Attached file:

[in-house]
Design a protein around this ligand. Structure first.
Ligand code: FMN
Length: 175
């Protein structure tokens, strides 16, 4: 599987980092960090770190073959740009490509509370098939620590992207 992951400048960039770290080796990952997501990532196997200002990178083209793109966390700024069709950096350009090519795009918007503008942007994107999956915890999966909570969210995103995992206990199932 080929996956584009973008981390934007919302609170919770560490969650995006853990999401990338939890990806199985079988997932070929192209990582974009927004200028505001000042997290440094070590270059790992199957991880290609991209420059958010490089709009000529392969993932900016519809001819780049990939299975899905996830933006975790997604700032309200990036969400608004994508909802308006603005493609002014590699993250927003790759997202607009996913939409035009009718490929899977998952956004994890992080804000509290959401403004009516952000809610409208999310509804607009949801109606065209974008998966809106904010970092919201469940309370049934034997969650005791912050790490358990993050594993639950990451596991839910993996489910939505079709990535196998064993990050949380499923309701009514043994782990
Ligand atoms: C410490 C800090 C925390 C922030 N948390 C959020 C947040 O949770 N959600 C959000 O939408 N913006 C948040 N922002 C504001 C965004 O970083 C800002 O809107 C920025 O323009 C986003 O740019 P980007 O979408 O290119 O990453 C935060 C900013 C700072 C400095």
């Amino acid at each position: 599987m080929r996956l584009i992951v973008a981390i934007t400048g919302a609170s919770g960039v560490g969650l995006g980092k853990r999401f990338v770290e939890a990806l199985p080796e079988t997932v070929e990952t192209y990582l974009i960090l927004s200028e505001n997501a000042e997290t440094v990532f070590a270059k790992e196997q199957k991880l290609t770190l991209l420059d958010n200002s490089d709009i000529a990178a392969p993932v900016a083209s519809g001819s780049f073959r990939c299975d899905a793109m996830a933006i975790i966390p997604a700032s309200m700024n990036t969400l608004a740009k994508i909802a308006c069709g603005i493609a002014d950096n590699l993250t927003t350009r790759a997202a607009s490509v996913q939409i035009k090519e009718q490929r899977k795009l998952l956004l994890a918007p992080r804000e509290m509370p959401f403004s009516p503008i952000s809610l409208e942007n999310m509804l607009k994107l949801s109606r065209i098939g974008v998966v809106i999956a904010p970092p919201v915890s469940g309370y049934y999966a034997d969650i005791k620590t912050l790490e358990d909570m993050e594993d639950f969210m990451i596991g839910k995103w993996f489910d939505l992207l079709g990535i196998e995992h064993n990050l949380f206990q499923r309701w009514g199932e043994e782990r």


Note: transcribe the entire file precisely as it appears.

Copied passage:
[in-house]
Design a protein around this ligand. Structure first.
Ligand code: FMN
Length: 175
């Protein structure tokens, strides 16, 4: 599987980092960090770190073959740009490509509370098939620590992207 992951400048960039770290080796990952997501990532196997200002990178083209793109966390700024069709950096350009090519795009918007503008942007994107999956915890999966909570969210995103995992206990199932 080929996956584009973008981390934007919302609170919770560490969650995006853990999401990338939890990806199985079988997932070929192209990582974009927004200028505001000042997290440094070590270059790992199957991880290609991209420059958010490089709009000529392969993932900016519809001819780049990939299975899905996830933006975790997604700032309200990036969400608004994508909802308006603005493609002014590699993250927003790759997202607009996913939409035009009718490929899977998952956004994890992080804000509290959401403004009516952000809610409208999310509804607009949801109606065209974008998966809106904010970092919201469940309370049934034997969650005791912050790490358990993050594993639950990451596991839910993996489910939505079709990535196998064993990050949380499923309701009514043994782990
Ligand atoms: C410490 C800090 C925390 C922030 N948390 C959020 C947040 O949770 N959600 C959000 O939408 N913006 C948040 N922002 C504001 C965004 O970083 C800002 O809107 C920025 O323009 C986003 O740019 P980007 O979408 O290119 O990453 C935060 C900013 C700072 C400095």
């Amino acid at each position: 599987m080929r996956l584009i992951v973008a981390i934007t400048g919302a609170s919770g960039v560490g969650l995006g980092k853990r999401f990338v770290e939890a990806l199985p080796e079988t997932v070929e990952t192209y990582l974009i960090l927004s200028e505001n997501a000042e997290t440094v990532f070590a270059k790992e196997q199957k991880l290609t770190l991209l420059d958010n200002s490089d709009i000529a990178a392969p993932v900016a083209s519809g001819s780049f073959r990939c299975d899905a793109m996830a933006i975790i966390p997604a700032s309200m700024n990036t969400l608004a740009k994508i909802a308006c069709g603005i493609a002014d950096n590699l993250t927003t350009r790759a997202a607009s490509v996913q939409i035009k090519e009718q490929r899977k795009l998952l956004l994890a918007p992080r804000e509290m509370p959401f403004s009516p503008i952000s809610l409208e942007n999310m509804l607009k994107l949801s109606r065209i098939g974008v998966v809106i999956a904010p970092p919201v915890s469940g309370y049934y999966a034997d969650i005791k620590t912050l790490e358990d909570m993050e594993d639950f969210m990451i596991g839910k995103w993996f489910d939505l992207l079709g990535i196998e995992h064993n990050l949380f206990q499923r309701w009514g199932e043994e782990r």